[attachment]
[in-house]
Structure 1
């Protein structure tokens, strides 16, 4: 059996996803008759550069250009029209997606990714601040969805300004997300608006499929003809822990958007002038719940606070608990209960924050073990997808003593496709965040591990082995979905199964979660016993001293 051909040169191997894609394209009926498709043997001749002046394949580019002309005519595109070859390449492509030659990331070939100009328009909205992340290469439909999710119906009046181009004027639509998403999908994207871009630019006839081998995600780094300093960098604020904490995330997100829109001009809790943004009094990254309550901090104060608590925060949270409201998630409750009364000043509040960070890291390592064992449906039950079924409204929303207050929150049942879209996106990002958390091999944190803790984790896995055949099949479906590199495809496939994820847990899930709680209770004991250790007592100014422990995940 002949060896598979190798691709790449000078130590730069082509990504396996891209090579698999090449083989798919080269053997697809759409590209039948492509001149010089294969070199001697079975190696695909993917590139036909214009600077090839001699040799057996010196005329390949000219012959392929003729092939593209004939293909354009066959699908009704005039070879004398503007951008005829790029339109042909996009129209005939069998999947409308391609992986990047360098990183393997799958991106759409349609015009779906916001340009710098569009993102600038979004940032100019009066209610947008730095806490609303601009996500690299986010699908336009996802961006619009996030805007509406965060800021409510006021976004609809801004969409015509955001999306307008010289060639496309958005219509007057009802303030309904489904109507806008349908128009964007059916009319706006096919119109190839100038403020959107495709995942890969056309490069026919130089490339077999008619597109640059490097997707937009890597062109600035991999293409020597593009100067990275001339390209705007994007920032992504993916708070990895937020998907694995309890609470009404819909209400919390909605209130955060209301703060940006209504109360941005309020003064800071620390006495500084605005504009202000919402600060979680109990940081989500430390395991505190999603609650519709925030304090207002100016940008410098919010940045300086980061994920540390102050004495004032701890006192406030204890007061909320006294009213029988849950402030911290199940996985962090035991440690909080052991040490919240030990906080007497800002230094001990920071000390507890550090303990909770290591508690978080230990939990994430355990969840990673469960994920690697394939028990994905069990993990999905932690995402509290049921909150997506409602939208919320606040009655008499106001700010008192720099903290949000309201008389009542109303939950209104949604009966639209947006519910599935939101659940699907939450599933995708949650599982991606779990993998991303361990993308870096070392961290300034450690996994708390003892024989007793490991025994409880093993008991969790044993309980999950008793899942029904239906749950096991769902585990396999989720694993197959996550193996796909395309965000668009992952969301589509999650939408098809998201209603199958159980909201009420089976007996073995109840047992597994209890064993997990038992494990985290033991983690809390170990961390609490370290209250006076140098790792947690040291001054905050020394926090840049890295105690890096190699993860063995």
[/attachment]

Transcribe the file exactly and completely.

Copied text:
[in-house]
Structure 1
């Protein structure tokens, strides 16, 4: 059996996803008759550069250009029209997606990714601040969805300004997300608006499929003809822990958007002038719940606070608990209960924050073990997808003593496709965040591990082995979905199964979660016993001293 051909040169191997894609394209009926498709043997001749002046394949580019002309005519595109070859390449492509030659990331070939100009328009909205992340290469439909999710119906009046181009004027639509998403999908994207871009630019006839081998995600780094300093960098604020904490995330997100829109001009809790943004009094990254309550901090104060608590925060949270409201998630409750009364000043509040960070890291390592064992449906039950079924409204929303207050929150049942879209996106990002958390091999944190803790984790896995055949099949479906590199495809496939994820847990899930709680209770004991250790007592100014422990995940 002949060896598979190798691709790449000078130590730069082509990504396996891209090579698999090449083989798919080269053997697809759409590209039948492509001149010089294969070199001697079975190696695909993917590139036909214009600077090839001699040799057996010196005329390949000219012959392929003729092939593209004939293909354009066959699908009704005039070879004398503007951008005829790029339109042909996009129209005939069998999947409308391609992986990047360098990183393997799958991106759409349609015009779906916001340009710098569009993102600038979004940032100019009066209610947008730095806490609303601009996500690299986010699908336009996802961006619009996030805007509406965060800021409510006021976004609809801004969409015509955001999306307008010289060639496309958005219509007057009802303030309904489904109507806008349908128009964007059916009319706006096919119109190839100038403020959107495709995942890969056309490069026919130089490339077999008619597109640059490097997707937009890597062109600035991999293409020597593009100067990275001339390209705007994007920032992504993916708070990895937020998907694995309890609470009404819909209400919390909605209130955060209301703060940006209504109360941005309020003064800071620390006495500084605005504009202000919402600060979680109990940081989500430390395991505190999603609650519709925030304090207002100016940008410098919010940045300086980061994920540390102050004495004032701890006192406030204890007061909320006294009213029988849950402030911290199940996985962090035991440690909080052991040490919240030990906080007497800002230094001990920071000390507890550090303990909770290591508690978080230990939990994430355990969840990673469960994920690697394939028990994905069990993990999905932690995402509290049921909150997506409602939208919320606040009655008499106001700010008192720099903290949000309201008389009542109303939950209104949604009966639209947006519910599935939101659940699907939450599933995708949650599982991606779990993998991303361990993308870096070392961290300034450690996994708390003892024989007793490991025994409880093993008991969790044993309980999950008793899942029904239906749950096991769902585990396999989720694993197959996550193996796909395309965000668009992952969301589509999650939408098809998201209603199958159980909201009420089976007996073995109840047992597994209890064993997990038992494990985290033991983690809390170990961390609490370290209250006076140098790792947690040291001054905050020394926090840049890295105690890096190699993860063995």